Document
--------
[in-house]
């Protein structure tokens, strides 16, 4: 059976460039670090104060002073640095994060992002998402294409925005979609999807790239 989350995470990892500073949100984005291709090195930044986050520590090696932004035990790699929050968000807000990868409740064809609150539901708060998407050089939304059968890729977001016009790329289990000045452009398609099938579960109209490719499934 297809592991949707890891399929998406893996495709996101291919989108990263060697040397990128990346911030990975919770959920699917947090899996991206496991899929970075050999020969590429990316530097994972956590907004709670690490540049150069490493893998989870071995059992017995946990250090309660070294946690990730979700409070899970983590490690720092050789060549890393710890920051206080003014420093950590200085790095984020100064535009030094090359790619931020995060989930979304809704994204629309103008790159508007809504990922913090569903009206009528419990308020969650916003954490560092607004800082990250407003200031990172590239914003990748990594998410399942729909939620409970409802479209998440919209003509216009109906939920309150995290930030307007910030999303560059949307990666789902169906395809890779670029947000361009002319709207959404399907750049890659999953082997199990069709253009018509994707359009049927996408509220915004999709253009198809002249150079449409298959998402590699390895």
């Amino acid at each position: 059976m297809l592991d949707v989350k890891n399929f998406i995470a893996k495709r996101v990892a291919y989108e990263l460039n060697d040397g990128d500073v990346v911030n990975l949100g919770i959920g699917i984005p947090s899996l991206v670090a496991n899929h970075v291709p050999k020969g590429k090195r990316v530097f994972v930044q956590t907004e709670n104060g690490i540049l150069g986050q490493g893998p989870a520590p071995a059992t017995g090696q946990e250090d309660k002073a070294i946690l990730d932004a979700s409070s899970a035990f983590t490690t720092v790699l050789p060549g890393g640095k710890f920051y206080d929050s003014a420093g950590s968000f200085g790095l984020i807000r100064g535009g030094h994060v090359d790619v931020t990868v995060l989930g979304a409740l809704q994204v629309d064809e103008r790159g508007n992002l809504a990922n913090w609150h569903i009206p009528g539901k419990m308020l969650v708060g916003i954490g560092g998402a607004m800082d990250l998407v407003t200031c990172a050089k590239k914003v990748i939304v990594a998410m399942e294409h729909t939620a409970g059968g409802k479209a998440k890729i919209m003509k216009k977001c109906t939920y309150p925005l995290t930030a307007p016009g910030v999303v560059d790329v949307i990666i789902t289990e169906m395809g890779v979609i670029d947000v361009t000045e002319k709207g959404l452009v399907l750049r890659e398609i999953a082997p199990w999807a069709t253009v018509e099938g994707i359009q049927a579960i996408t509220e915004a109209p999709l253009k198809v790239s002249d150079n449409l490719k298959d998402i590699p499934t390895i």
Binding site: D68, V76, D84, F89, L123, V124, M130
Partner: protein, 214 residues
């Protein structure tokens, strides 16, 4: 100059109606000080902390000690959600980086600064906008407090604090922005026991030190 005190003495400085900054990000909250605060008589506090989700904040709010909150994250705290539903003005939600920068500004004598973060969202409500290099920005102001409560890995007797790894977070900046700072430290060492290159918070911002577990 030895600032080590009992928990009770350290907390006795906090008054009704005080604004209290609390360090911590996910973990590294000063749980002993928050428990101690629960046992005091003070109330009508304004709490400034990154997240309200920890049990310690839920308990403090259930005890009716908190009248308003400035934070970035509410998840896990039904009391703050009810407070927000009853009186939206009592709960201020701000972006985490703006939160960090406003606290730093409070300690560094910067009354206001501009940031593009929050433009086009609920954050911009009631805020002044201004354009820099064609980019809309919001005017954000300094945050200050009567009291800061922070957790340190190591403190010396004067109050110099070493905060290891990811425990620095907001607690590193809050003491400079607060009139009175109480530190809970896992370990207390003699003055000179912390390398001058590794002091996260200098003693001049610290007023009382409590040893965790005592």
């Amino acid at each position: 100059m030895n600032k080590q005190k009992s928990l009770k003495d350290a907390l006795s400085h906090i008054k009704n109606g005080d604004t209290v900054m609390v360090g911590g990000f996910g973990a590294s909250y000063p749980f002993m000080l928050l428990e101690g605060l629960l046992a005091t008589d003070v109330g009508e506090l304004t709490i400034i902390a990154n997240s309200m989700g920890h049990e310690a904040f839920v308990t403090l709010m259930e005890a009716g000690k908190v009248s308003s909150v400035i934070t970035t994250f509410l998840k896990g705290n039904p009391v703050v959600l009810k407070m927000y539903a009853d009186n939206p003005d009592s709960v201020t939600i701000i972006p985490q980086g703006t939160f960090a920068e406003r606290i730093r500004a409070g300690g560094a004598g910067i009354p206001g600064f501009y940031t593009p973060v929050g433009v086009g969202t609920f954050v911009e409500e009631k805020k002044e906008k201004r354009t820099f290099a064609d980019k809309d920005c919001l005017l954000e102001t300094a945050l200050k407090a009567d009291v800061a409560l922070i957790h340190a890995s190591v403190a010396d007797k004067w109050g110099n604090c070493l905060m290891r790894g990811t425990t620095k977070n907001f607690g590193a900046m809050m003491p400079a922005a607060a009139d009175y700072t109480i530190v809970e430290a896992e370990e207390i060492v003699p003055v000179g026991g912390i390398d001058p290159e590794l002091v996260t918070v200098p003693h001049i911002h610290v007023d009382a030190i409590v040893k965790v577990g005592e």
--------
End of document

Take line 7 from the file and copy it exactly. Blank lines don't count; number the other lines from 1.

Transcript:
């Amino acid at each position: 100059m030895n600032k080590q005190k009992s928990l009770k003495d350290a907390l006795s400085h906090i008054k009704n109606g005080d604004t209290v900054m609390v360090g911590g990000f996910g973990a590294s909250y000063p749980f002993m000080l928050l428990e101690g605060l629960l046992a005091t008589d003070v109330g009508e506090l304004t709490i400034i902390a990154n997240s309200m989700g920890h049990e310690a904040f839920v308990t403090l709010m259930e005890a009716g000690k908190v009248s308003s909150v400035i934070t970035t994250f509410l998840k896990g705290n039904p009391v703050v959600l009810k407070m927000y539903a009853d009186n939206p003005d009592s709960v201020t939600i701000i972006p985490q980086g703006t939160f960090a920068e406003r606290i730093r500004a409070g300690g560094a004598g910067i009354p206001g600064f501009y940031t593009p973060v929050g433009v086009g969202t609920f954050v911009e409500e009631k805020k002044e906008k201004r354009t820099f290099a064609d980019k809309d920005c919001l005017l954000e102001t300094a945050l200050k407090a009567d009291v800061a409560l922070i957790h340190a890995s190591v403190a010396d007797k004067w109050g110099n604090c070493l905060m290891r790894g990811t425990t620095k977070n907001f607690g590193a900046m809050m003491p400079a922005a607060a009139d009175y700072t109480i530190v809970e430290a896992e370990e207390i060492v003699p003055v000179g026991g912390i390398d001058p290159e590794l002091v996260t918070v200098p003693h001049i911002h610290v007023d009382a030190i409590v040893k965790v577990g005592e």